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‘Thoughts and prayers’ turn to tweets and shares


  There has been a shift since Feb. 14, 2018. I don’t feel safe in school. I am not the only one who questions walking into school each morning. Even with this as the case, I have hope that there will be a change within America thanks to the teen activists who are using the platform they know best: social media.

  According to CNN, HR was one of the 2,500 schools that participated in the nationwide walkout against gun violence in America. The walkout was organized by students, for students, to remember the 17 victims of the Parkland shooting last month.

  Being the tenth week in 2018, there has already been at least 14 school (including colleges) shootings this year, according to CNN. That’s about 1.5 a week. Students were urged to understand what they are walking out for, not just to skip class.

  After the news of Parkland, I realized all of the school shootings that had happened and was hyper aware of things at my school. I tried to avoid sitting near doors, leaving class when the halls are empty, and even attempting to rush out of school just so I wasn’t embedded in large crowds. This isn’t something that a 16 year old should have to worry about.  

  Samson Leyba, senior, spoke out at the walkout about his experience with gun violence. He said, “Two of my immediate family members are victims of separate school shootings. This is a problem I’ve been speaking up about for a long time, and this walkout is a way for me to join forces with my peers, and for all of our voices to be heard.”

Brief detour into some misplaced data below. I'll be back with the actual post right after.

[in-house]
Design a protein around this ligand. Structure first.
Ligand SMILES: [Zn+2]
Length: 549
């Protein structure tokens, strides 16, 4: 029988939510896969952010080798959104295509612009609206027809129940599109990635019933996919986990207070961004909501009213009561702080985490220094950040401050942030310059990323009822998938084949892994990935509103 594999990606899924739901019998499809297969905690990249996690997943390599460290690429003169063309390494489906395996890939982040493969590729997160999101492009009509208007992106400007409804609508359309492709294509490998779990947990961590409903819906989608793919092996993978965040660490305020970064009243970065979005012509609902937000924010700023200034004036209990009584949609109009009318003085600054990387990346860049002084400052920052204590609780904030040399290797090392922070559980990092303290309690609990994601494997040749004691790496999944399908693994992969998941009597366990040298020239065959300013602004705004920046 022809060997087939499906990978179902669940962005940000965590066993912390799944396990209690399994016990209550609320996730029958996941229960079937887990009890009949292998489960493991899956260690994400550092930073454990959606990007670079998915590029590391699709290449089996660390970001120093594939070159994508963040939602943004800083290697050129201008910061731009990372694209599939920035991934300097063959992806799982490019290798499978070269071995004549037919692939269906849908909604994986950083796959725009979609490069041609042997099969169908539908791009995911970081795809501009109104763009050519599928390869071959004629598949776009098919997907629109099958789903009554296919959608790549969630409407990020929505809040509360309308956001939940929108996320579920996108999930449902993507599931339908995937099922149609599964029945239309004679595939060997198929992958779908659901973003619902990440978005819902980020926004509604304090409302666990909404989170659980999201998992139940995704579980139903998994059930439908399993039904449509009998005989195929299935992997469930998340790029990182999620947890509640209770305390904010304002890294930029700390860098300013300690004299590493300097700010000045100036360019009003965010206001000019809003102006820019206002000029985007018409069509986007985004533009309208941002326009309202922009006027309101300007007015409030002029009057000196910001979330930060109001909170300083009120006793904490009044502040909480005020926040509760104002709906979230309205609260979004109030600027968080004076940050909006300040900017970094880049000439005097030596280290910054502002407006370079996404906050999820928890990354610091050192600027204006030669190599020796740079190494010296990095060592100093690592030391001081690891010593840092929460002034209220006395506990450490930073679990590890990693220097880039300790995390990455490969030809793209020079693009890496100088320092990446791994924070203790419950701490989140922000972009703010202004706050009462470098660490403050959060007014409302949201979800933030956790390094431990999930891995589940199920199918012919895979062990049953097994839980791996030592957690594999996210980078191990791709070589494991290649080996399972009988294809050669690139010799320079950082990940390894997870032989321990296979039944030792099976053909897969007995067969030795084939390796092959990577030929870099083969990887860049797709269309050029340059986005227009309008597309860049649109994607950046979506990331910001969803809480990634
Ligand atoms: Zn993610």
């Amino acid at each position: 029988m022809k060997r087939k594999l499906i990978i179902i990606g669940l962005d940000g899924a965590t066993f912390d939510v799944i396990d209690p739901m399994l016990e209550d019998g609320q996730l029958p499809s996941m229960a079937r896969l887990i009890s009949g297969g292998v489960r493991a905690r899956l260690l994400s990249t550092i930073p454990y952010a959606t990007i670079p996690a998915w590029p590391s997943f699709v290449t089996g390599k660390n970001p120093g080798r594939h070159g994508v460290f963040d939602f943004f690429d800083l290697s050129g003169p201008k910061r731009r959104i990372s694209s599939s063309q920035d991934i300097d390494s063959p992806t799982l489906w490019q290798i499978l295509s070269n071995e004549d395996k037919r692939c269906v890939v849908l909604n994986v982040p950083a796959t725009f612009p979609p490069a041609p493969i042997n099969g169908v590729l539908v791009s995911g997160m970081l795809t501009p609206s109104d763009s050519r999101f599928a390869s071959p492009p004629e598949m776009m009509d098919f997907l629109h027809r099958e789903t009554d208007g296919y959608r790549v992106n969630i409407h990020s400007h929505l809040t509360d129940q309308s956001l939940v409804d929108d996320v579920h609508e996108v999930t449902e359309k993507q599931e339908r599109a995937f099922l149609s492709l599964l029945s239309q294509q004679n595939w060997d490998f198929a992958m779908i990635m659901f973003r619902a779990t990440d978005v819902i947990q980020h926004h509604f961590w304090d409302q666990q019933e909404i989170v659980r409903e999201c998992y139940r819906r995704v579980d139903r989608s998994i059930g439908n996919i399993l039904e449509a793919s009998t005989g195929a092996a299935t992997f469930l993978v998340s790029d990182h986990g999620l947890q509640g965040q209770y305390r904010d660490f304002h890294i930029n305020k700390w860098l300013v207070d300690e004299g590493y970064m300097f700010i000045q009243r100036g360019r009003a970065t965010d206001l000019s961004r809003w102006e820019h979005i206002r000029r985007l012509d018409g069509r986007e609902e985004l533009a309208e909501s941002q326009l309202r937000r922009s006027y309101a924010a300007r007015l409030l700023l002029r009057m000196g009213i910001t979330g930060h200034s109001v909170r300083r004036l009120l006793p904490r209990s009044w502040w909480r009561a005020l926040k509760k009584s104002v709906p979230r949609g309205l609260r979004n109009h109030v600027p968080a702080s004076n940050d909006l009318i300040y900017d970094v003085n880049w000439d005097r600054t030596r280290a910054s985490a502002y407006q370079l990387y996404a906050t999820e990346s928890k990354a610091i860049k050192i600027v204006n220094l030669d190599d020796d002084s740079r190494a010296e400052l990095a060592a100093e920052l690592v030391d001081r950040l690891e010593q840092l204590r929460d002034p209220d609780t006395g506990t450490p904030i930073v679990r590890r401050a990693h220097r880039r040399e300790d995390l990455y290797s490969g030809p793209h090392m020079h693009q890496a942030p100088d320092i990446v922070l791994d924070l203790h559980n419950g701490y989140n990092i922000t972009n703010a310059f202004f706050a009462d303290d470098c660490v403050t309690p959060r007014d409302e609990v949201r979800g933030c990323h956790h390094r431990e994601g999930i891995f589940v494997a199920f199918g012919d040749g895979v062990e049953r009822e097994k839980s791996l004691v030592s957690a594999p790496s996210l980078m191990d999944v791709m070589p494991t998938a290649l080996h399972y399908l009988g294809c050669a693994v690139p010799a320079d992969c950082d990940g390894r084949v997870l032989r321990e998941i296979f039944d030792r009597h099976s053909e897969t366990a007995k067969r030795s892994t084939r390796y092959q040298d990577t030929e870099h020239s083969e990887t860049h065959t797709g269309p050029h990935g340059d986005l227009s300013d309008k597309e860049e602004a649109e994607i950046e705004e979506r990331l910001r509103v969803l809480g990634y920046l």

Wednesday night after the Parkland shooting I sat on the couch with my mom, trying to convince her to let me stay home the next day. I knew that there needed to be something that could be done about this, but I wasn’t quite sure what it would be. I had to delete Twitter for a couple of days because I could not handle seeing the number of fatalities climb. When I re-downloaded it, I became inspired by a senior from Parkland.

  In this day and age, social media can be a large factor of the impact of something on others. Emma Gonzalez, Parkland survivor and one of the faces of the Parkland activists, spoke out after the shooting. Even over a month after, she continuously tweets her support for teens across the nation who are standing up against gun violence. On the day of the walkout, she responded to many tweets from students with words of encouragement.

  Leyba was also inspired by Gonzalez. In response to the use of social media in this movement, he said, “After her speech following the Parkland shooting, Emma Gonzalez gained over a million Twitter followers overnight. It’s just a great reflection of the social climate and the national conversation and because of social media, students are keeping this issue in the conversation.”

  It is astonishing to have access to something in the palm of my hand that helps me make a change. Social media is creating a platform to amplify the voice of students like me. 

Jennah Klein, Staff Reporter


Samson Leyba speaking to students who walked out about his experience with gun violence. Photo courtesy of Bella Gross


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‘Thoughts and prayers’ turn to tweets and shares